Five9 Takes on the World
Announces far-reaching architectural changes for its cloud contact center service as part of summer software release.
Last year, writing about Five9's Summer Release 2016, I said "the era of cloud leapfrogging customer-premises applications may have just begun." At the time, Five9 had announced the integration of Altocloud customer journey analytics into its cloud contact center solution. Back now with its Summer Release 2017, Five9 is continuing that story -- delivering not only expected feature enhancements but also far-reaching architectural changes.
Five9 has grouped the changes this release brings to the Virtual Contact Center (VCC) application into four major themes: enterprise, global, end-to-end solution, and continuous improvement.
Like other SaaS companies, Five9 built its initial contact center-as-a-service (CCaaS) offering, about 15 years ago, as a single -- what would now be called monolithic -- multitenant application, VCC. Building on efforts that began two years ago with the Freedom Release, Five9 continues to move from a core application architecture to a more modern, microservices-based one in this latest release.
The Summer Release 2017 modularizes voice, email, chat, social, voice recording, answering machine detection, speech recognition, and customer journey analytics applications. This will allow Five9 to scale up and down the resources required for each function independently based on demand. Essentially, it has largely decomposed into a series of application services.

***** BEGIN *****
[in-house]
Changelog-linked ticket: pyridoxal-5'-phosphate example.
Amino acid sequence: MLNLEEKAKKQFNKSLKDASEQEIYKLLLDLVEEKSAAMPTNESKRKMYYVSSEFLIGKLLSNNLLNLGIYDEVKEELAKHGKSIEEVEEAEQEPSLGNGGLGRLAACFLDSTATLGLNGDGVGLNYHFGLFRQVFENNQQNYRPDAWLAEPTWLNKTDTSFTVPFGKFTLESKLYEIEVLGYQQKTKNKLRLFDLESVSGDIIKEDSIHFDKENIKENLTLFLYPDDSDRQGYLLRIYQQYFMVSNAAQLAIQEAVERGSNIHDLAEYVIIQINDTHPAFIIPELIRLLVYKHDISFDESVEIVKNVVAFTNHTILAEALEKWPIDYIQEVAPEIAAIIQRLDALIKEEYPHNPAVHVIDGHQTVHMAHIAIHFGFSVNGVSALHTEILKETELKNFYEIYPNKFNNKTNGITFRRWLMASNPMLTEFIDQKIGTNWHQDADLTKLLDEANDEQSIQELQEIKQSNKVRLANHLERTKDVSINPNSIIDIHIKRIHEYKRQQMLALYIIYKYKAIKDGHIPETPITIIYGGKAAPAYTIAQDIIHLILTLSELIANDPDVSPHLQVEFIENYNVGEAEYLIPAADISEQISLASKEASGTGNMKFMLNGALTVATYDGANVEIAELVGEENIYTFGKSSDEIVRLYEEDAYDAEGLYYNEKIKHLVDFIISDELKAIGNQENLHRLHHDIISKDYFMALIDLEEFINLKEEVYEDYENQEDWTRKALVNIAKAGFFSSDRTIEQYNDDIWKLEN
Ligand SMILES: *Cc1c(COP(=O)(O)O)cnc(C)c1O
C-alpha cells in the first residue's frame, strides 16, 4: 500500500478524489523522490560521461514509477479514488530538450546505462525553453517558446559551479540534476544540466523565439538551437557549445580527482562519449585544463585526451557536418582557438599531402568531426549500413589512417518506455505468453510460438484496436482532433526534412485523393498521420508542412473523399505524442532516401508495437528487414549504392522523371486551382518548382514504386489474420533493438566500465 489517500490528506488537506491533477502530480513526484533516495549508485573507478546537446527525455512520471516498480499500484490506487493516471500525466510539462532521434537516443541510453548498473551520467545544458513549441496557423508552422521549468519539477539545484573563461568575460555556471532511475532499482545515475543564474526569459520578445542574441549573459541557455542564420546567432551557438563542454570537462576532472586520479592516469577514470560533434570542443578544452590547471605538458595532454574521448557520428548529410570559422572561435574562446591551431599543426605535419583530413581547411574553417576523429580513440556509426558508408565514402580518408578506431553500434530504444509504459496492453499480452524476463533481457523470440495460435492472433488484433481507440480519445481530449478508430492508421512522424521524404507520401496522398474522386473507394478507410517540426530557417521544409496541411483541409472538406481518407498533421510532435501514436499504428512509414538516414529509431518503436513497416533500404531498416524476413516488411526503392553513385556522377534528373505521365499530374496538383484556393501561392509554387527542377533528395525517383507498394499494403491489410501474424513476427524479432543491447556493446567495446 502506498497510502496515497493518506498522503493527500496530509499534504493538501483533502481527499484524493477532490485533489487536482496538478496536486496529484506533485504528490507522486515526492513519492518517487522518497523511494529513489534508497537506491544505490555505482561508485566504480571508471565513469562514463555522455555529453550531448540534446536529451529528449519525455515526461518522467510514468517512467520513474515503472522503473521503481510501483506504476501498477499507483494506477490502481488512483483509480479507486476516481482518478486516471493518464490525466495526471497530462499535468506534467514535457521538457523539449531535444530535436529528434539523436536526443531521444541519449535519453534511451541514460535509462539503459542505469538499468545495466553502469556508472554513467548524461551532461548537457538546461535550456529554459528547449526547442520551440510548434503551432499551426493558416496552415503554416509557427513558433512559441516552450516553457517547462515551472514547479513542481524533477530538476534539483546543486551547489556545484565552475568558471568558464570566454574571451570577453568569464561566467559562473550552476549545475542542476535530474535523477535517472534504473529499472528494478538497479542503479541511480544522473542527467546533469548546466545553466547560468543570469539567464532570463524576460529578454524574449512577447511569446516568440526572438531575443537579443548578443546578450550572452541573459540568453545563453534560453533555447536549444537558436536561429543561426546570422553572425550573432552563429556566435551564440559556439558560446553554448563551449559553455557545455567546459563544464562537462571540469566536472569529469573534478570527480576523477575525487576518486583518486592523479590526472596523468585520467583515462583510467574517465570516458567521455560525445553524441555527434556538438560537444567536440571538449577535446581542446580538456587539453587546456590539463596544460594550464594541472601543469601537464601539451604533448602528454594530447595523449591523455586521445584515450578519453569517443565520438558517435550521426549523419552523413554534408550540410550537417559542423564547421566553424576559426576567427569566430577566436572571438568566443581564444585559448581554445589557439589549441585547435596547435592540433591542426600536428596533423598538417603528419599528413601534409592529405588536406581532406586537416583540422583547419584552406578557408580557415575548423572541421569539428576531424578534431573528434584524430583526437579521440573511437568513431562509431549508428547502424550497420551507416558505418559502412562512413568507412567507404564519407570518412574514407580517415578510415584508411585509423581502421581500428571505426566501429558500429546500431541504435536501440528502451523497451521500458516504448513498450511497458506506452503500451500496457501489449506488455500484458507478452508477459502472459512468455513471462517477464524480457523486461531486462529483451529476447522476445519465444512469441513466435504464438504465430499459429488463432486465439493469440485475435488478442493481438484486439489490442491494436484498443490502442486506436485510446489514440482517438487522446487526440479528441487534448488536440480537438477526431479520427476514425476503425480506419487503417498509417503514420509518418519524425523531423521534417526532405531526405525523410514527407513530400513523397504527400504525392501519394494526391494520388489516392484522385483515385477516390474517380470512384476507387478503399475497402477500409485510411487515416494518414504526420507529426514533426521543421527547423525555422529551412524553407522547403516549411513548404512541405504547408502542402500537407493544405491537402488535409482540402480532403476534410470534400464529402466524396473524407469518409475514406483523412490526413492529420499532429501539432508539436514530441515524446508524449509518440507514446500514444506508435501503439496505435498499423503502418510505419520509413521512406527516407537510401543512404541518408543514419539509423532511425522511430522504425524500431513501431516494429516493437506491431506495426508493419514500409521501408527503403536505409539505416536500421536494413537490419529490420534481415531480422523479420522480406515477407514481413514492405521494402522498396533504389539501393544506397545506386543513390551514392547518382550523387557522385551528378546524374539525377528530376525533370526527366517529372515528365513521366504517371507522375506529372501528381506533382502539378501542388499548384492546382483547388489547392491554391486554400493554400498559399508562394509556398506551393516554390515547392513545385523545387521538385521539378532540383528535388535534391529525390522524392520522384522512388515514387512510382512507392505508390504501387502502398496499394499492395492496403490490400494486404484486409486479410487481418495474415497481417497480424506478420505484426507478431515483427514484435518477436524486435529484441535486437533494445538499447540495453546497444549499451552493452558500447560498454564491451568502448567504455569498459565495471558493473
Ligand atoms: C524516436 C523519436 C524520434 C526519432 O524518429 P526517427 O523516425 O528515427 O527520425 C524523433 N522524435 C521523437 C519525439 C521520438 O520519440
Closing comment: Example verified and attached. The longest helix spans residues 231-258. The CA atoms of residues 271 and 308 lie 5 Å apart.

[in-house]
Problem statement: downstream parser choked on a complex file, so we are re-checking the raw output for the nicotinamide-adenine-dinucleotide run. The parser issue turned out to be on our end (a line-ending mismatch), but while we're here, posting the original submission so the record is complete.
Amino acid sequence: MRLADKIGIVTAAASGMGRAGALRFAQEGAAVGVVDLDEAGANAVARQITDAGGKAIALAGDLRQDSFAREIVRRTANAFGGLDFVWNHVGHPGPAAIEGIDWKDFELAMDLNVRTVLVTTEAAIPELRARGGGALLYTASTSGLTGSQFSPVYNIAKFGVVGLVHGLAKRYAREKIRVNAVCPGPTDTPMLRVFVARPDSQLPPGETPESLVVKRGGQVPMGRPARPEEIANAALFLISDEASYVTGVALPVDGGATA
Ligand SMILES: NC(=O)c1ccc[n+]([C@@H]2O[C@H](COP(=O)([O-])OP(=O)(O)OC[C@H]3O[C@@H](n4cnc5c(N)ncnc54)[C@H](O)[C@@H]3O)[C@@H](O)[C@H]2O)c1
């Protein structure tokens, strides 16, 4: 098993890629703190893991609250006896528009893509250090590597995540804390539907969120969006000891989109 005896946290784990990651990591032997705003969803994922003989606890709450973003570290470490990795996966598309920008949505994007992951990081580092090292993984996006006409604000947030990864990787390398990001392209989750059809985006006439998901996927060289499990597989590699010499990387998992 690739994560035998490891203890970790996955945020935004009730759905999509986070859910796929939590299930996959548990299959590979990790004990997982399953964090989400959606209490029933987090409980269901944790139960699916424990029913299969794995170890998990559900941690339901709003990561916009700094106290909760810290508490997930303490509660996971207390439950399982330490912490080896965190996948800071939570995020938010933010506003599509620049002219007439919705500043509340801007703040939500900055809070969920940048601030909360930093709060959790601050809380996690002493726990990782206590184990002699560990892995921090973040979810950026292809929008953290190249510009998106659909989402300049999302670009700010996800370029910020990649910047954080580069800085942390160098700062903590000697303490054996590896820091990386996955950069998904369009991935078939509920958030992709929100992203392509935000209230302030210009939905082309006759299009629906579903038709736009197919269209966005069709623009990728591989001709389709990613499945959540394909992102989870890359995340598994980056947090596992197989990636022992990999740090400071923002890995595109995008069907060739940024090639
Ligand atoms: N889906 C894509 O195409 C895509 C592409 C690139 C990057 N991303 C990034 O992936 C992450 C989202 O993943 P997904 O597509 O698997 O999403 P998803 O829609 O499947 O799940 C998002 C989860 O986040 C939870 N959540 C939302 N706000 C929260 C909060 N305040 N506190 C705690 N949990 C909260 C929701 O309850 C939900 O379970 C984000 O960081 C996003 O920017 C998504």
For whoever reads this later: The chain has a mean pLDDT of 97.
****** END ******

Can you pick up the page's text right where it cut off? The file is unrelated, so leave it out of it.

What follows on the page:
From my perspective, a key element of this release's global attributes is that enabled by the deployment of a Five9-built, carrier-grade softswitch connected to new voice points of presence (PoPs) around the globe. "The Class 5 softswitch provides us the scalability to move from supporting hundreds of agents to now thousands of agents, and really move upmarket to support large enterprises," Giorgio Mihaila, Five9's director of product management, described during a briefing.
As seen in the figure below, Five9 continues to deliver the VCC application from four private data center locations it manages in the U.S. and Europe. It has deployed regional voice PoPs via public cloud infrastructure, initially using Amazon Web Services (AWS) but portable in the future to the other public cloud platforms pictured in the graphic. Five9 has deployed the Asian market PoPs, as shown, while making those in South America, Africa, and the Middle East available opportunistically via quick ramp-up in AWS regions.
Five9 competes with CCaaS and premises-based contact center vendors that arguably have more components of an end-to-end customer care solution. Notably, for example, Five9 doesn't have an integrated workforce optimization (WFO) suite. But, as part of this release, it now offers tight integration between VCC and WFO solutions from partners Calabrio and Verint, achieved through joint development.
In addition, Five9 and Salesforce have worked to integrate the Five9 agent desktop into the Salesforce Lightning console, said Gaurav Passi, EVP of products and technology at Five9. And, this release offers integration with Microsoft's Skype for Business unified communications platform, either through the standard Five9 desktop or with Salesforce Lightning.
As is true with most new software, Five9 describes the Summer Release 2017 as including more than 100 key features and enhancements that meet customer needs.
Both the content and the marketing messages around this release signal Five9's intention to make its mark in the large enterprise contact center market. Unlike the oft-quoted phrase from the movie "Field of Dreams" -- build it and they will come -- Five9 has built this release around the needs of existing customers looking to the company to help them unify their global customer care efforts.
At the same time, these architectural and voice features will allow Five9 to attract new customers that may have been unwilling to move to the cloud without them.